The candid statement seems to catch the reporter off guard; he ends the interview shortly afterward. And it’s notable that among the many memorable things Ramsey said on camera, this one has gotten less meme-attention than most. Those who are simply having fun with the footage of Ramsey might pause for a second to actually listen to the man. He clearly knows a thing or two about the way racism prevents us from seeing each other as people.

The racist media is to blame for not editing out the comments made by these poor, oppressed black folk who work so hard every day and get crushed by the burdensome whites and their privileges. Why, these evil honkies need to make sure to cut out the embarrassing things and ensure that each black individual getting interviewed has a golden halo over their head and a doctor's degree hanging in the background behind their shoulder. :tard2:

Of course, let's never mind that the "Sweet Brown" woman made thousands off of her "Ain't nobody got time fo dat" quip.

Ironically it's Slate writers who are 'socially out of step' with the rest of America, whose first reaction to Ramsey's good-natured humor was endearment, rather than suspicion that a sinister paternalism, a residue of white racism, lurked below the surface. A further level of irony is added by the author's own liberal paternalism, which seeks to rescue blacks from the stereotypes that they embody and often accept, as Ramsey himself does. So far is the author removed from the reality of black culture that she can't even bring herself to type ghetto without self-conscious scare quotes, as if their existence was a matter of white myth -- if the author were white, this would be understandable, since white liberals prefer to admire black culture from afar (way afar), but since her name is 'Aisha' it's rather inexplicable. A glance at her resume shows that she has essentially lived in an academic bubble her entire life (no surprise), so that may explain part of the puzzle.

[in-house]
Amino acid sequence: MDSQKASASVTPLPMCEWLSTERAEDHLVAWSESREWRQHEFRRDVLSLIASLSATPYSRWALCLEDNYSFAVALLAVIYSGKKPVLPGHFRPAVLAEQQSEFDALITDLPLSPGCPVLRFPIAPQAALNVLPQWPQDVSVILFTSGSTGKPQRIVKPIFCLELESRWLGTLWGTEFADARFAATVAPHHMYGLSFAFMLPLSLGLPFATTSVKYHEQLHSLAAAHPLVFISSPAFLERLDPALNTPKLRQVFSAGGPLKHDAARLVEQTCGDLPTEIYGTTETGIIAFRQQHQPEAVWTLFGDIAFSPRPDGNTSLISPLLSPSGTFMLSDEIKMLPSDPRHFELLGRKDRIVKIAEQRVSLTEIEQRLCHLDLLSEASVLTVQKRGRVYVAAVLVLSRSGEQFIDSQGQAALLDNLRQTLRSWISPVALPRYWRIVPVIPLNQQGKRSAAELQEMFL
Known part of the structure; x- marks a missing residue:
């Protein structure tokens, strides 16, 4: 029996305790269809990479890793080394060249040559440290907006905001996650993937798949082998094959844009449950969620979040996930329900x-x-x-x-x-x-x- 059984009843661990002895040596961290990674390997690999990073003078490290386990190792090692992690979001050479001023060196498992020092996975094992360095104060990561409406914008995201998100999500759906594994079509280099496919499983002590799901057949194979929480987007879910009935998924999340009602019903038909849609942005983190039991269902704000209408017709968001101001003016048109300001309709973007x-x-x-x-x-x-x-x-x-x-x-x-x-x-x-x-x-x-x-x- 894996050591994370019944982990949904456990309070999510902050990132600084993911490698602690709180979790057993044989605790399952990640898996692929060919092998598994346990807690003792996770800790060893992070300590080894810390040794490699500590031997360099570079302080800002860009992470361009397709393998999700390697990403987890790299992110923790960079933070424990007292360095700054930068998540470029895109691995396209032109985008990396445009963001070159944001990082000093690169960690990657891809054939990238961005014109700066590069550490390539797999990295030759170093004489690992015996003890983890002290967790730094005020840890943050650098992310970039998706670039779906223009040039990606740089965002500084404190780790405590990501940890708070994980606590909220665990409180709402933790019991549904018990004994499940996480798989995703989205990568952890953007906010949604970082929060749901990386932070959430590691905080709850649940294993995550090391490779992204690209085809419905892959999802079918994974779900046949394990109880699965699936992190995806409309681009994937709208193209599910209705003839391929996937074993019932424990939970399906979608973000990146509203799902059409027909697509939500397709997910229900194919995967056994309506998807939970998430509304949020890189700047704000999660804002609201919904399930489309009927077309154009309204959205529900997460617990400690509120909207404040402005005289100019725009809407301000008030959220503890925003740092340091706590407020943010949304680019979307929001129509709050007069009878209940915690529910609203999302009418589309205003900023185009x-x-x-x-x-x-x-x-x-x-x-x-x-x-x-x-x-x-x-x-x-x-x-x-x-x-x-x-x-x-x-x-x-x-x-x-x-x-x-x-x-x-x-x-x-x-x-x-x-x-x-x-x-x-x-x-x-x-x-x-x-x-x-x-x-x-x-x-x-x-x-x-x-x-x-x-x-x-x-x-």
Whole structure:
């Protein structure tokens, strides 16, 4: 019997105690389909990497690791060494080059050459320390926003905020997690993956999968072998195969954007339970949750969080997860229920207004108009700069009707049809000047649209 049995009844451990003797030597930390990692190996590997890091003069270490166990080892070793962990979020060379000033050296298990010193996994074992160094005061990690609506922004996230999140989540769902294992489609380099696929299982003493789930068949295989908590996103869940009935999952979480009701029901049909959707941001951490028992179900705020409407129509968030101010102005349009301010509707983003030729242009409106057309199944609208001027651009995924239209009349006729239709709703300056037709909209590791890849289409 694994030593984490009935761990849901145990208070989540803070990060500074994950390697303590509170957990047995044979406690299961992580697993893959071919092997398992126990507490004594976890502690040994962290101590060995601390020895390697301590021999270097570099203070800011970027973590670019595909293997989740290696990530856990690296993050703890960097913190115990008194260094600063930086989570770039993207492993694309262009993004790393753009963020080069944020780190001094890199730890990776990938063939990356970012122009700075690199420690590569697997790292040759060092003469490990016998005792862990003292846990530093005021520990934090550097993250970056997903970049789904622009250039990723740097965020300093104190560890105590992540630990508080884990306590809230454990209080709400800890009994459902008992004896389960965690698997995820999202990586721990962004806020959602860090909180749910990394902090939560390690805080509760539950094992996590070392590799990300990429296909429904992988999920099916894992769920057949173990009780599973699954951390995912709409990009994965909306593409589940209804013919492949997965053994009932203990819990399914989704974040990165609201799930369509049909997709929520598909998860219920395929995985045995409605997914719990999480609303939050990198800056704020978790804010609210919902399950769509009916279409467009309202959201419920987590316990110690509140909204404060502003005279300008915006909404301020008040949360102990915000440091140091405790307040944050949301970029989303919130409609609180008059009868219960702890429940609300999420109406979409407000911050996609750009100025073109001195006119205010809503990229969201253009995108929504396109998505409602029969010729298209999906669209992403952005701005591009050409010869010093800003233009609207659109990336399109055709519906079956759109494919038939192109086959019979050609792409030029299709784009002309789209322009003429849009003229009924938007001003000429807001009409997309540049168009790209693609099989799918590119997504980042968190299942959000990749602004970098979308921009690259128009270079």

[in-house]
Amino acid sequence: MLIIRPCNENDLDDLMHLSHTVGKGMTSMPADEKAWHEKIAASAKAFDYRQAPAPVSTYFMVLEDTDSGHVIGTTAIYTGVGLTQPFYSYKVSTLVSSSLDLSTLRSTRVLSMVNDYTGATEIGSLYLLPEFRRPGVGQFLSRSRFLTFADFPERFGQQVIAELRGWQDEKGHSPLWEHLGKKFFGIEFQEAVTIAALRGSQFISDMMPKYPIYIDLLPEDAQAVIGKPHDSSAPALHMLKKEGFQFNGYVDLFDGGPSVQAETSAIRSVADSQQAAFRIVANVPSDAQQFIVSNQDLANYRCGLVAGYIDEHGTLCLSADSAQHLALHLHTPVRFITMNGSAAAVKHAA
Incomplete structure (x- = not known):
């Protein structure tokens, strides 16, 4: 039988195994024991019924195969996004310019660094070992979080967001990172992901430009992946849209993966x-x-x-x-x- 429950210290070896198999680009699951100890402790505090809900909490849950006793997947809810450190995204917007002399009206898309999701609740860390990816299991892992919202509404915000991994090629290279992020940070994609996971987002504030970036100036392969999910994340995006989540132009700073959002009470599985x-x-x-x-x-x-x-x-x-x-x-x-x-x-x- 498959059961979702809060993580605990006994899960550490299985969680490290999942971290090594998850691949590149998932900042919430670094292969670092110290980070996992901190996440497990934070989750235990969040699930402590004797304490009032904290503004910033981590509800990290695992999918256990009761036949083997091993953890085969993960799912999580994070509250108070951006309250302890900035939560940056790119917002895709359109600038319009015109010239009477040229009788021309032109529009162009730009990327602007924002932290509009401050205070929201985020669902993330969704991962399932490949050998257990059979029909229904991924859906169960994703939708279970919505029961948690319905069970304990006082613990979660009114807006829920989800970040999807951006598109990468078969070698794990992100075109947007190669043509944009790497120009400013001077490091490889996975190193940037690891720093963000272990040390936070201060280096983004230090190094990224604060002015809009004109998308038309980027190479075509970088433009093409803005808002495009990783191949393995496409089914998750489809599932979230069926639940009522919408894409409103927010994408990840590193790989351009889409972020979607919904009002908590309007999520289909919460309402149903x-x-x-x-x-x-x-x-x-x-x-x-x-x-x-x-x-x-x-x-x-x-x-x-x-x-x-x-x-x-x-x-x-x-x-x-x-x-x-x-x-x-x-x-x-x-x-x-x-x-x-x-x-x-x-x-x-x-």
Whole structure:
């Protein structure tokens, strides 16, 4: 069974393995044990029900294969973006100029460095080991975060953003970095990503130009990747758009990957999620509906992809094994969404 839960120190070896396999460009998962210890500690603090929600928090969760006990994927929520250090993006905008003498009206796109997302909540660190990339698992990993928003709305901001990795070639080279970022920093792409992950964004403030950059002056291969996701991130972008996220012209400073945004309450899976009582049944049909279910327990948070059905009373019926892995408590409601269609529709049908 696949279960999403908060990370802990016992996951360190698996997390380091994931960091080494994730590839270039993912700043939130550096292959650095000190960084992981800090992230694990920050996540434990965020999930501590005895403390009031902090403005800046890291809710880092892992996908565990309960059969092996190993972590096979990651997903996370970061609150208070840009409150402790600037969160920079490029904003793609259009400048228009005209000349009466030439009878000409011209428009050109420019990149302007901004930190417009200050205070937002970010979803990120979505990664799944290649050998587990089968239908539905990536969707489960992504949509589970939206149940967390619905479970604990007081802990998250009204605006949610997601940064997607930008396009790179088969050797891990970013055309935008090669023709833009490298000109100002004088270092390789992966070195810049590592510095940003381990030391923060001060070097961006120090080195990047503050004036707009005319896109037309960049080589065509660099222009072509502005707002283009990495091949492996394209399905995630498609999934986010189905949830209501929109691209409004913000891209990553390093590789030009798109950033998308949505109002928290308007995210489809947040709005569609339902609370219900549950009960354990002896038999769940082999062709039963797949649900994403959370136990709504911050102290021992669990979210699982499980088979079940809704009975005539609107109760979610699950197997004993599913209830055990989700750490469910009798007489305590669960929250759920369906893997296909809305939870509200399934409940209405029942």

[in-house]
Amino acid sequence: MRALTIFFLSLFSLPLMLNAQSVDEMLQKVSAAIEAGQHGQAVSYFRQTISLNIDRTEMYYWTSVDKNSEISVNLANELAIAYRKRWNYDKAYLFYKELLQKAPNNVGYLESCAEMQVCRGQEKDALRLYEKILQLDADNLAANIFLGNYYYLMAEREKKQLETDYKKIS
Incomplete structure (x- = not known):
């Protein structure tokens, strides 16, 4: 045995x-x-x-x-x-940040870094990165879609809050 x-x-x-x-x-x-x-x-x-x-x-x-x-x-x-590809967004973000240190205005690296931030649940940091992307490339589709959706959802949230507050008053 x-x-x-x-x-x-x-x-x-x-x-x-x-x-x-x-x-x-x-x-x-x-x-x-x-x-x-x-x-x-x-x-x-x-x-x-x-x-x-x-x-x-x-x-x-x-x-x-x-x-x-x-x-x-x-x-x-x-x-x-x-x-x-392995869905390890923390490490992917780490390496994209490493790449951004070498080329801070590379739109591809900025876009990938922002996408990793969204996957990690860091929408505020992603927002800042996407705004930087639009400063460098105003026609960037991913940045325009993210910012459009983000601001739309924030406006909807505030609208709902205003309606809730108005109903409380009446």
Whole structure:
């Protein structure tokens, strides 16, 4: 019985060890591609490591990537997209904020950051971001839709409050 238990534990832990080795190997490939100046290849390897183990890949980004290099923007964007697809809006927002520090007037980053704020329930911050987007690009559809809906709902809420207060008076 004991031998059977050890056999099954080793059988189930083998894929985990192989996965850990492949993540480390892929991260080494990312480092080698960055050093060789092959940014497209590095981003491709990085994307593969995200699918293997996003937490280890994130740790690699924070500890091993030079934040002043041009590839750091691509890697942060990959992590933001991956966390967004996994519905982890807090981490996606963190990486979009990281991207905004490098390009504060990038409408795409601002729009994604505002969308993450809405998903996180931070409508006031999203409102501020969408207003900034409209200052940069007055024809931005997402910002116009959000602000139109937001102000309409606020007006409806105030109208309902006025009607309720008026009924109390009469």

All in all, a pretty typical Slate piece.

Charles Ramsey came off as having a low IQ, yet he manages to seem sharper and more knowledgeable than SWPLs

Bronze Age Pervert
Bob Dylan Roof
Team Zissou
Shocking. Guy is obviously some sorta criminal.

Seriously, the "troubling" part is that these people have no idea what the lower class is like in its element, especially blacks and latinos. (White trash terrify and repulse them to the point they don't really even think about them). When all these potential neurosurgeons and poet laureates display the primitive, childish behavior that those of us in the real world know is their normal mode, it's "troubling."

What is truly troubling is we have created, imported, subsidized a vast, dependent population that is practically incapable of functioning in an advanced economy. This whole fucking neighborhood is a dystopic nightmare. Remember the wise Latina who first encountered Amanda Berry? "Choo aint Amanda Berr-eee. Shee dead mang! Eyy but I guess I letchoo use dees cellphone!"

When the money runs out, what are we going to do with these people?